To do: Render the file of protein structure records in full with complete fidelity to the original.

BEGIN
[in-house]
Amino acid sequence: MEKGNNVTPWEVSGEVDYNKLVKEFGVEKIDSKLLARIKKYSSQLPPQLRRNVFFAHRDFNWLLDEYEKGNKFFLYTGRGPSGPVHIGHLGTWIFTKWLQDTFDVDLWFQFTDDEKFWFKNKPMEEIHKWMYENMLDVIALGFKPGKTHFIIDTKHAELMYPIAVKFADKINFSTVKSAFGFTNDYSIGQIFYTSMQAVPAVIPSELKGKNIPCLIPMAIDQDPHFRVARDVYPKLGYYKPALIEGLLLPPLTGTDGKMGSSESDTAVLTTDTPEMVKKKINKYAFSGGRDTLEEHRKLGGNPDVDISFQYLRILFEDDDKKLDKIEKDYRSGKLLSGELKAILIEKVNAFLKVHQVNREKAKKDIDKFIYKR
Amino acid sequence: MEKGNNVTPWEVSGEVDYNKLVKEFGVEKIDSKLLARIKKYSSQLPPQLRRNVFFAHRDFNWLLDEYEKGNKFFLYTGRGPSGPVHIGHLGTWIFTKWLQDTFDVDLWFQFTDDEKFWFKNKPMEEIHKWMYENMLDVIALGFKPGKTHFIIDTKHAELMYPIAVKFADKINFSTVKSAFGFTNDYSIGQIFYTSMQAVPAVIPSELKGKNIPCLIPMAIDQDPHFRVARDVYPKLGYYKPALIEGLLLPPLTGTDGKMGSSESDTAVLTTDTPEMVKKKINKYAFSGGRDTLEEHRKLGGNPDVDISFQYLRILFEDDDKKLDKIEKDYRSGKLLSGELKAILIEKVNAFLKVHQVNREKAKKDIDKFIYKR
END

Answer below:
[in-house]
Amino acid sequence: MEKGNNVTPWEVSGEVDYNKLVKEFGVEKIDSKLLARIKKYSSQLPPQLRRNVFFAHRDFNWLLDEYEKGNKFFLYTGRGPSGPVHIGHLGTWIFTKWLQDTFDVDLWFQFTDDEKFWFKNKPMEEIHKWMYENMLDVIALGFKPGKTHFIIDTKHAELMYPIAVKFADKINFSTVKSAFGFTNDYSIGQIFYTSMQAVPAVIPSELKGKNIPCLIPMAIDQDPHFRVARDVYPKLGYYKPALIEGLLLPPLTGTDGKMGSSESDTAVLTTDTPEMVKKKINKYAFSGGRDTLEEHRKLGGNPDVDISFQYLRILFEDDDKKLDKIEKDYRSGKLLSGELKAILIEKVNAFLKVHQVNREKAKKDIDKFIYKR
Amino acid sequence: MEKGNNVTPWEVSGEVDYNKLVKEFGVEKIDSKLLARIKKYSSQLPPQLRRNVFFAHRDFNWLLDEYEKGNKFFLYTGRGPSGPVHIGHLGTWIFTKWLQDTFDVDLWFQFTDDEKFWFKNKPMEEIHKWMYENMLDVIALGFKPGKTHFIIDTKHAELMYPIAVKFADKINFSTVKSAFGFTNDYSIGQIFYTSMQAVPAVIPSELKGKNIPCLIPMAIDQDPHFRVARDVYPKLGYYKPALIEGLLLPPLTGTDGKMGSSESDTAVLTTDTPEMVKKKINKYAFSGGRDTLEEHRKLGGNPDVDISFQYLRILFEDDDKKLDKIEKDYRSGKLLSGELKAILIEKVNAFLKVHQVNREKAKKDIDKFIYKR